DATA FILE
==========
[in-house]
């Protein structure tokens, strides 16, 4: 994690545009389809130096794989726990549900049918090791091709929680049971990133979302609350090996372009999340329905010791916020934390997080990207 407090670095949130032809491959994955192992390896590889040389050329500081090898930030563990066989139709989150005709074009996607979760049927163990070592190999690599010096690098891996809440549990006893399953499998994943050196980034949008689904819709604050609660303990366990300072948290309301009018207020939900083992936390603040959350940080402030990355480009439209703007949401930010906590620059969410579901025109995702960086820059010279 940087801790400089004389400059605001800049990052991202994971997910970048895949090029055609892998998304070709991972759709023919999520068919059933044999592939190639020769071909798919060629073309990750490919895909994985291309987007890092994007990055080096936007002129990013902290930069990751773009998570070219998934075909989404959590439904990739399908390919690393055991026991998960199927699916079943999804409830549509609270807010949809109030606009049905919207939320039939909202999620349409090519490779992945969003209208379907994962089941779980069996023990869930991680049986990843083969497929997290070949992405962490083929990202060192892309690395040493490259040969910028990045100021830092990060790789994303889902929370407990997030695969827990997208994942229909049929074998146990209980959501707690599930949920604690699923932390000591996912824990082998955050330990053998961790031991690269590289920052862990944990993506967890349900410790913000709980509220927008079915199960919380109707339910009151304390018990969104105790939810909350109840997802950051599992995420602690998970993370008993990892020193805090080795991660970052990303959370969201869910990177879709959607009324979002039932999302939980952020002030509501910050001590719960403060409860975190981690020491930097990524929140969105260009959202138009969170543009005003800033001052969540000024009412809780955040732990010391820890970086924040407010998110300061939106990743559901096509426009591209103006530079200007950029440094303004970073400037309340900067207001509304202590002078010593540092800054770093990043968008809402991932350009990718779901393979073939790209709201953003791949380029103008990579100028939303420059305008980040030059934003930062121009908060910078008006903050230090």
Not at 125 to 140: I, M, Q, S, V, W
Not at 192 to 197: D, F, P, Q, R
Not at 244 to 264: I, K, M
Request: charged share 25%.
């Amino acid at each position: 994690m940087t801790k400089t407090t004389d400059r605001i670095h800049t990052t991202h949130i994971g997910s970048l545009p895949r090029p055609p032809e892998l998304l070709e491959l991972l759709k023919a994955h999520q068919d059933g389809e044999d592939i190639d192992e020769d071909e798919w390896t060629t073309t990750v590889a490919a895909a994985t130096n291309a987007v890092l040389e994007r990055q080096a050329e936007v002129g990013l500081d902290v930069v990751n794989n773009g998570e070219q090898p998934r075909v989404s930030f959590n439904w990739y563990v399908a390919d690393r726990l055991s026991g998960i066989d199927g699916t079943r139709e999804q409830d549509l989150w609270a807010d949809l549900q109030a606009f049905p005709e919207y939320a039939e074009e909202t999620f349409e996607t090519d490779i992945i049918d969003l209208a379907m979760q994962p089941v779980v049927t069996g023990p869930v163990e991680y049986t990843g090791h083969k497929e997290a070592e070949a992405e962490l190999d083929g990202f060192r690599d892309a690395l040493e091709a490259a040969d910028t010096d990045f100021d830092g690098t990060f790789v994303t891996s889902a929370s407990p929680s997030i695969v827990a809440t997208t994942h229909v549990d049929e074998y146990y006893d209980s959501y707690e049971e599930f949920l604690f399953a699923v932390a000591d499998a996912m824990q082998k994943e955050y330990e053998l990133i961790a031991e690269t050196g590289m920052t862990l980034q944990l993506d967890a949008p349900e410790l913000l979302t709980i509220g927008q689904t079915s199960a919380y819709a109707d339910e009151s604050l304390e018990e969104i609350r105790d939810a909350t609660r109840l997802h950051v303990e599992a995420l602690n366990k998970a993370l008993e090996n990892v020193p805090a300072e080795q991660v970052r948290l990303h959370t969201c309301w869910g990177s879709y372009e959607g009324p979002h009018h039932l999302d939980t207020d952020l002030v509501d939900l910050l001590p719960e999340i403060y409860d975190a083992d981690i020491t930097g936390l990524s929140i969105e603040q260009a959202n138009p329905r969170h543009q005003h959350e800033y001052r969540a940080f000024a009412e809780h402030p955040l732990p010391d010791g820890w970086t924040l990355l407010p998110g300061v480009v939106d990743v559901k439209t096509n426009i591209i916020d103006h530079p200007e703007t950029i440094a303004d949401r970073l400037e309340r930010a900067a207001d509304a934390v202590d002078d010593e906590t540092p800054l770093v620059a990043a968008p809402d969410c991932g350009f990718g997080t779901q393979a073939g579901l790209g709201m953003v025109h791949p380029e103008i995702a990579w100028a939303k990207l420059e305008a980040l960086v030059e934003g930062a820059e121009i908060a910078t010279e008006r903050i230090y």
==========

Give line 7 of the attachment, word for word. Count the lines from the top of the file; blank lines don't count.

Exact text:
């Amino acid at each position: 994690m940087t801790k400089t407090t004389d400059r605001i670095h800049t990052t991202h949130i994971g997910s970048l545009p895949r090029p055609p032809e892998l998304l070709e491959l991972l759709k023919a994955h999520q068919d059933g389809e044999d592939i190639d192992e020769d071909e798919w390896t060629t073309t990750v590889a490919a895909a994985t130096n291309a987007v890092l040389e994007r990055q080096a050329e936007v002129g990013l500081d902290v930069v990751n794989n773009g998570e070219q090898p998934r075909v989404s930030f959590n439904w990739y563990v399908a390919d690393r726990l055991s026991g998960i066989d199927g699916t079943r139709e999804q409830d549509l989150w609270a807010d949809l549900q109030a606009f049905p005709e919207y939320a039939e074009e909202t999620f349409e996607t090519d490779i992945i049918d969003l209208a379907m979760q994962p089941v779980v049927t069996g023990p869930v163990e991680y049986t990843g090791h083969k497929e997290a070592e070949a992405e962490l190999d083929g990202f060192r690599d892309a690395l040493e091709a490259a040969d910028t010096d990045f100021d830092g690098t990060f790789v994303t891996s889902a929370s407990p929680s997030i695969v827990a809440t997208t994942h229909v549990d049929e074998y146990y006893d209980s959501y707690e049971e599930f949920l604690f399953a699923v932390a000591d499998a996912m824990q082998k994943e955050y330990e053998l990133i961790a031991e690269t050196g590289m920052t862990l980034q944990l993506d967890a949008p349900e410790l913000l979302t709980i509220g927008q689904t079915s199960a919380y819709a109707d339910e009151s604050l304390e018990e969104i609350r105790d939810a909350t609660r109840l997802h950051v303990e599992a995420l602690n366990k998970a993370l008993e090996n990892v020193p805090a300072e080795q991660v970052r948290l990303h959370t969201c309301w869910g990177s879709y372009e959607g009324p979002h009018h039932l999302d939980t207020d952020l002030v509501d939900l910050l001590p719960e999340i403060y409860d975190a083992d981690i020491t930097g936390l990524s929140i969105e603040q260009a959202n138009p329905r969170h543009q005003h959350e800033y001052r969540a940080f000024a009412e809780h402030p955040l732990p010391d010791g820890w970086t924040l990355l407010p998110g300061v480009v939106d990743v559901k439209t096509n426009i591209i916020d103006h530079p200007e703007t950029i440094a303004d949401r970073l400037e309340r930010a900067a207001d509304a934390v202590d002078d010593e906590t540092p800054l770093v620059a990043a968008p809402d969410c991932g350009f990718g997080t779901q393979a073939g579901l790209g709201m953003v025109h791949p380029e103008i995702a990579w100028a939303k990207l420059e305008a980040l960086v030059e934003g930062a820059e121009i908060a910078t010279e008006r903050i230090y």